Wednesday, May 16, 2012

Jaime Dimon and "regulatory capture"

Amidst all the discussion surrounding JP Morgan Chase's bet on corporate debt derivatives going terribly wrong, this from Eliot Spitzer, highlights the severe structural problems in Wall Street. The presence of JP Morgan Chairman Jamie Dimon - who lobbied aggressively to redefine the meaning of hedging under the Volcker Rule that was proposed to curb proprietary trading by deposit taking commercial institutions (banks) - on the board of the New York Federal Reserve should constitute as one of the most egregious and shameful examples of "regulatory capture",
Jamie Dimon sits on the board of the New York Federal Reserve Bank - the very organization that is supposed to oversee his bank’s financial practices, the organization that is supposed to issue all sorts of regulations that control what his bank can do, the very organization he has been lobbying to relax the rules about the bets he wants to make...
The Fed conflict is so obvious that it defies any possible rationalization or explanation. For a decade, the New York Fed has failed to pick up on any of the significant Wall Street threats:  excess leverage, subprime fraud, dangerous concentration in “too big to fail” entities.  Maybe the reason is that the board is controlled by the very voices that have been at the root of the failure. There has been not the slightest voice of protest from the board—yet it is a public organization!
By any yardstick of propriety, leave alone decency, Jamie Dimon and all others similarly placed should recuse themselves from the NY FRB Board. See this, this, this, this, this, and this about how JP Morgan's corporate debt derivatives bet went wrong. See also this on why the New York Fed is rife with conflicts of interest and incentive distortions.

Update 1 (7/7/2012)

The scandal that erupted in the aftermath of revealations that Barclays rigged its interest rate estimates used to calculate LIBOR once again spotlights attention at the rotten core of global banking. 

The London Interbank Offer Rate (LIBOR), which is a measure of the rate at which banks borrow money in the money markets, is released each day by the British Bankers’ Association (BBA), covering 10 currencies and 15 different maturities. The Libor rate is used to set rates for some $800 trillion in global financial transactions from derivatives to consumer lending. More than $10 trillion in loans to businesses and consumers have interest rates based on Libor, with the borrowers paying more or less depending on where Libor is on a particular day. Many derivative contracts are also based on it. The BBA collects the rates at which each bank says it could have borrowed money that day without putting up any security for the loan. The highest and lowest responses are thrown out, and the rest are averaged to produce a number. There is no need for any bank to show that it actually borrowed at the rate it claims.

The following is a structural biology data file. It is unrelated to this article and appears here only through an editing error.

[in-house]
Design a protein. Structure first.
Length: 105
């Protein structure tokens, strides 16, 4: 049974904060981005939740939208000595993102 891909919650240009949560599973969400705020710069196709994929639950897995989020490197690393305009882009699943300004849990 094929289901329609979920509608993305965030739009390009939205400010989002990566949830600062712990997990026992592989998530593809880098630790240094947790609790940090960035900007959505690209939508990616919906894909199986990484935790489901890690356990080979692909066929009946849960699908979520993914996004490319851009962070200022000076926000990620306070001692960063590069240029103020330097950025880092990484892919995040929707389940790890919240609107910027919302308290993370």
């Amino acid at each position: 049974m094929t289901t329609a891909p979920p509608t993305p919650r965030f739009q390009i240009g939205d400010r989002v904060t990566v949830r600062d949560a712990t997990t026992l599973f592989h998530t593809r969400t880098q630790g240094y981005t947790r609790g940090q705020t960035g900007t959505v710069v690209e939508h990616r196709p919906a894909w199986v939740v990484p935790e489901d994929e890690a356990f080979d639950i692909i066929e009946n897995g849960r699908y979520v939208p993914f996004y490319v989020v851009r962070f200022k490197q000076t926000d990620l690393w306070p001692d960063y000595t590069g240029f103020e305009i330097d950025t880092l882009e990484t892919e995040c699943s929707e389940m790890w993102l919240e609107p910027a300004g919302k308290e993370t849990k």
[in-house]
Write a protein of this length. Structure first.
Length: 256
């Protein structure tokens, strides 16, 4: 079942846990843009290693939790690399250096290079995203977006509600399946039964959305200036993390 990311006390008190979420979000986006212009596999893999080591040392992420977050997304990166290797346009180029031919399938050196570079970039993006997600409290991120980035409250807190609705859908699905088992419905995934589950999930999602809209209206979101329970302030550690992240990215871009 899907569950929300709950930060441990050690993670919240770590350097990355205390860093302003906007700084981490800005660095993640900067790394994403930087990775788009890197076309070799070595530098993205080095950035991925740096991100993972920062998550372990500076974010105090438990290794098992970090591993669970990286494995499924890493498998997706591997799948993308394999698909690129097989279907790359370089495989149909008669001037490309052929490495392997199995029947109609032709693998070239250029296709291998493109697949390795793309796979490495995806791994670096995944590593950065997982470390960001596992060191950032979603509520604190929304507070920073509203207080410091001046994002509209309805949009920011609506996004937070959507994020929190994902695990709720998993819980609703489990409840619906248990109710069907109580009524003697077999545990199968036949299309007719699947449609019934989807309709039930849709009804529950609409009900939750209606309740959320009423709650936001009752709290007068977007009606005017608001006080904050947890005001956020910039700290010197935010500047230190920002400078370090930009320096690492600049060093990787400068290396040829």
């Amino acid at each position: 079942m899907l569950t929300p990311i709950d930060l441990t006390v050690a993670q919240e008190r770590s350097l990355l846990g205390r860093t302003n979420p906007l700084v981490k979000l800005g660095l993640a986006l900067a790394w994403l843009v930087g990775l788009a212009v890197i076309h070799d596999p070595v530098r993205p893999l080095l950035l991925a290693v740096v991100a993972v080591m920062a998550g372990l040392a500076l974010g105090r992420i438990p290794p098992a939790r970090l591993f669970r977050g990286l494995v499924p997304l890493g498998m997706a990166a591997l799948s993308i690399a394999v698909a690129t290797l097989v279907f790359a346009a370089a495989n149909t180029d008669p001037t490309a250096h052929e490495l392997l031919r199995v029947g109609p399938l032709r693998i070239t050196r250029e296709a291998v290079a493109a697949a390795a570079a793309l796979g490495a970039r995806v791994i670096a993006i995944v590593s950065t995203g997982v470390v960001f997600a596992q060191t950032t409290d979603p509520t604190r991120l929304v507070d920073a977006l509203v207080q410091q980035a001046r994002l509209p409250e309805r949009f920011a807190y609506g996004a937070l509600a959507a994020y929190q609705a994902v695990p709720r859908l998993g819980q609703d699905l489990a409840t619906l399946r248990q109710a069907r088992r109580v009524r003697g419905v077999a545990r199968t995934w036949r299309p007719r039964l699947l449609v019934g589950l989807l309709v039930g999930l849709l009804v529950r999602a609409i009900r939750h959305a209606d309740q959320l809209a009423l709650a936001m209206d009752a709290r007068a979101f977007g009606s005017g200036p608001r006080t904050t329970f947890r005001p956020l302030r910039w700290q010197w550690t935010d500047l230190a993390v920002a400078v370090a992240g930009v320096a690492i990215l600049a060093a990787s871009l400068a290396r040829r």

Barclays rigged the LIBOR by manipulating its estimates to suit its interests. During the financial crisis, it low balled its estimate of borrowing rates so as to reassure everyone of its creditworthiness. At other times, when its trading positions called for lower rates, it lowballed its estimates even if it reduced the interest income received by the bank. The FT was scathing in its verdict,
The bankers involved have betrayed an important public trust – that of keeping an accurate public record of the key market rates that are used to value contracts worth trillions of dollars. They did this to make money and to conceal from the wider world their true cost of borrowing. This was market-rigging on a grand scale. It is hard to think of anything more damning – or more corrosive of the reputation of capitalism.
The always incisive Simon Johnson points to Dennis Kelleher of Better Markets, who has a devastating critique of the major banks that have been colluding to rig the LIBOR,
The Libor interest rate is based on a survey of banks like Barclays.  Those banks know what that the information they provide in that survey sets the Libor rate, which is then used to set the rate for those $800 trillion-plus transactions. What Barclays settled - and what the other banks are being investigated and sued for - is knowingly and intentionally providing false information that they knew would result in a false Libor rate being set. This is not some isolated sales practice or trading strategy. The allegations are of a massive conspiracy involving 20 or so of the biggest banks in the world manipulating one of the most important rates in the world. So this isn't about Libor - this is about Lie-More.

That seems to be the business model for the big global finance houses.  They like to call themselves "banks," but they aren't banks in any traditional sense. They are global behemoths that are not just too-big-to-fail, but also too-big-to-regulate and too-big-to-manage. Take JP Morgan Chase for example. It has a $2.35 trillion balance sheet, more than 270,000 employees worldwide, thousands of legal entities, 554 subsidiaries and, as proved by the recent trading losses in London, a CEO, CFO and management team that has no idea what is going on in their own bank.

No comments: